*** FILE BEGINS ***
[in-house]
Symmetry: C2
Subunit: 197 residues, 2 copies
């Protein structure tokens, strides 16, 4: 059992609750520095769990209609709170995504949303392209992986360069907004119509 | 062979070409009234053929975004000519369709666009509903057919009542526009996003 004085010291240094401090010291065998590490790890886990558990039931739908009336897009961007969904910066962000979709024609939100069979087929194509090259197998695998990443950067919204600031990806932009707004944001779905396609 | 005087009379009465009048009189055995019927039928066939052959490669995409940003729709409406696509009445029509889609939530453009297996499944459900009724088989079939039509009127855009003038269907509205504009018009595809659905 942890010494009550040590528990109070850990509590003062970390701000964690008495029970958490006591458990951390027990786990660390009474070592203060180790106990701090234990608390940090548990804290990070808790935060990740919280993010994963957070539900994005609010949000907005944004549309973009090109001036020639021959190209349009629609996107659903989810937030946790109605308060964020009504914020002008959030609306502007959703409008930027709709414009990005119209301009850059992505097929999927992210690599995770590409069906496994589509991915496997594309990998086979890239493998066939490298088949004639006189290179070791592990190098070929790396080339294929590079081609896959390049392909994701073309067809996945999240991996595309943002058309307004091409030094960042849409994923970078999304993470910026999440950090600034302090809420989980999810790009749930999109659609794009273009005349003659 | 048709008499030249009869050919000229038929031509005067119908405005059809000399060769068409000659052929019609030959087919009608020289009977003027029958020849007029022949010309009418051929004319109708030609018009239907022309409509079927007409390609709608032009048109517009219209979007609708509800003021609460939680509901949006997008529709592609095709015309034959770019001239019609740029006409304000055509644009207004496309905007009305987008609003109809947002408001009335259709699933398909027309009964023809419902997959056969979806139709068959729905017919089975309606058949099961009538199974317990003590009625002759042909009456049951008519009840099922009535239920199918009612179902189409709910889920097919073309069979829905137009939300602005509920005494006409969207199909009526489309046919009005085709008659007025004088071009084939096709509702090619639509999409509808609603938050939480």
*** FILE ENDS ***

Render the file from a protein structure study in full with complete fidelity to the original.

[in-house]
Symmetry: C2
Subunit: 197 residues, 2 copies
């Protein structure tokens, strides 16, 4: 059992609750520095769990209609709170995504949303392209992986360069907004119509 | 062979070409009234053929975004000519369709666009509903057919009542526009996003 004085010291240094401090010291065998590490790890886990558990039931739908009336897009961007969904910066962000979709024609939100069979087929194509090259197998695998990443950067919204600031990806932009707004944001779905396609 | 005087009379009465009048009189055995019927039928066939052959490669995409940003729709409406696509009445029509889609939530453009297996499944459900009724088989079939039509009127855009003038269907509205504009018009595809659905 942890010494009550040590528990109070850990509590003062970390701000964690008495029970958490006591458990951390027990786990660390009474070592203060180790106990701090234990608390940090548990804290990070808790935060990740919280993010994963957070539900994005609010949000907005944004549309973009090109001036020639021959190209349009629609996107659903989810937030946790109605308060964020009504914020002008959030609306502007959703409008930027709709414009990005119209301009850059992505097929999927992210690599995770590409069906496994589509991915496997594309990998086979890239493998066939490298088949004639006189290179070791592990190098070929790396080339294929590079081609896959390049392909994701073309067809996945999240991996595309943002058309307004091409030094960042849409994923970078999304993470910026999440950090600034302090809420989980999810790009749930999109659609794009273009005349003659 | 048709008499030249009869050919000229038929031509005067119908405005059809000399060769068409000659052929019609030959087919009608020289009977003027029958020849007029022949010309009418051929004319109708030609018009239907022309409509079927007409390609709608032009048109517009219209979007609708509800003021609460939680509901949006997008529709592609095709015309034959770019001239019609740029006409304000055509644009207004496309905007009305987008609003109809947002408001009335259709699933398909027309009964023809419902997959056969979806139709068959729905017919089975309606058949099961009538199974317990003590009625002759042909009456049951008519009840099922009535239920199918009612179902189409709910889920097919073309069979829905137009939300602005509920005494006409969207199909009526489309046919009005085709008659007025004088071009084939096709509702090619639509999409509808609603938050939480």